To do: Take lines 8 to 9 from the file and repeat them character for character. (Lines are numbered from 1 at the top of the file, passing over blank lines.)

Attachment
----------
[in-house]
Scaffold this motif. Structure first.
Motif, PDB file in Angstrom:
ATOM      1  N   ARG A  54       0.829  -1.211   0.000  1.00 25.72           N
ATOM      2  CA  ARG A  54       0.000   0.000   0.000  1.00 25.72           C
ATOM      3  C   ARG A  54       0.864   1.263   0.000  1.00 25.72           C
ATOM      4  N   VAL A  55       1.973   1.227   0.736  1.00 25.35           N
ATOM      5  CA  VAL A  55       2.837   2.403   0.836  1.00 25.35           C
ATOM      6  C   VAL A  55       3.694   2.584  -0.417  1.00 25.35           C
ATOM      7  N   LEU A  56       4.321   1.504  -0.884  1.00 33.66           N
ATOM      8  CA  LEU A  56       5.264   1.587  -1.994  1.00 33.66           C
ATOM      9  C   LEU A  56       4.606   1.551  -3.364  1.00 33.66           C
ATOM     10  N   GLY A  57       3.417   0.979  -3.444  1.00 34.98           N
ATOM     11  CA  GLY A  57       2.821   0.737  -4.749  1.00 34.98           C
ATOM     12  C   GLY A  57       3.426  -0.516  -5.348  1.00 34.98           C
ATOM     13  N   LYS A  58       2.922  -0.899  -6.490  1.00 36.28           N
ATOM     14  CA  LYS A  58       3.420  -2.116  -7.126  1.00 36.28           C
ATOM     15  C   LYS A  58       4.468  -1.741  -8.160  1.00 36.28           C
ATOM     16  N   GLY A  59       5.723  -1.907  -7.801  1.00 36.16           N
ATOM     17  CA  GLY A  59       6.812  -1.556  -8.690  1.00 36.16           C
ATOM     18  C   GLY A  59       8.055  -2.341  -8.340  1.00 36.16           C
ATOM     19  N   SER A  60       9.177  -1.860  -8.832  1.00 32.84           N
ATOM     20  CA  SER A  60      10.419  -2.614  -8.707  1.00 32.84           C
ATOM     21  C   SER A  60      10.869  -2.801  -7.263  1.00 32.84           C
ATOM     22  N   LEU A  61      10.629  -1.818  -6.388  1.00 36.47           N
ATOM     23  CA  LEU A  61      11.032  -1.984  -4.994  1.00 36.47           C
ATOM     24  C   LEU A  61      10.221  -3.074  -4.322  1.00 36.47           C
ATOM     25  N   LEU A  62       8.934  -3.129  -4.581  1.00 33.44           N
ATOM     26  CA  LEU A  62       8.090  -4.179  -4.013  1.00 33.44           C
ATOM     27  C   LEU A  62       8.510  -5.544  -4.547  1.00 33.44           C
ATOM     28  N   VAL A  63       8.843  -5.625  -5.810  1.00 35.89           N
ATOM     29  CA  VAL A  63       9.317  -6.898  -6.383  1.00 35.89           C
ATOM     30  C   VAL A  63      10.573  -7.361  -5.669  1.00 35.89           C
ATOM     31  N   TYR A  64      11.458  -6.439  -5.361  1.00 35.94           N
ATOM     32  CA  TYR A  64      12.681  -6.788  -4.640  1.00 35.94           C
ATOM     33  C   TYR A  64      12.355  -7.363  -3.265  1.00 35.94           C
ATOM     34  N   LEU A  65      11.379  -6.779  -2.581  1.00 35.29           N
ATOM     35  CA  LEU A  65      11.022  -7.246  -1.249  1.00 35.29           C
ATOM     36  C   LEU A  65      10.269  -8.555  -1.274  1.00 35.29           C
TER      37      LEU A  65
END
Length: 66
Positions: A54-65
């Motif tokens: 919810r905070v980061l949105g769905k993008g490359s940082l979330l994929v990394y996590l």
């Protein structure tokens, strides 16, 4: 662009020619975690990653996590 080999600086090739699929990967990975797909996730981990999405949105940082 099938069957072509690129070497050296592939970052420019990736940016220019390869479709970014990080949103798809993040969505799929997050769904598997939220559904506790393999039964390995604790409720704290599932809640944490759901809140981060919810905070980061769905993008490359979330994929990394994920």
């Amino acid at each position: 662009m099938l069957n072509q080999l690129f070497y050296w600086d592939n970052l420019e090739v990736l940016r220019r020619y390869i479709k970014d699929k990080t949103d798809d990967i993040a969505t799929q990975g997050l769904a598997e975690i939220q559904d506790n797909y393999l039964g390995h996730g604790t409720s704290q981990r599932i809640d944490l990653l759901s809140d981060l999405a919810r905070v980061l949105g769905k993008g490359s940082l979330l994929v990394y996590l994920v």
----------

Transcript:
ATOM      5  CA  VAL A  55       2.837   2.403   0.836  1.00 25.35           C
ATOM      6  C   VAL A  55       3.694   2.584  -0.417  1.00 25.35           C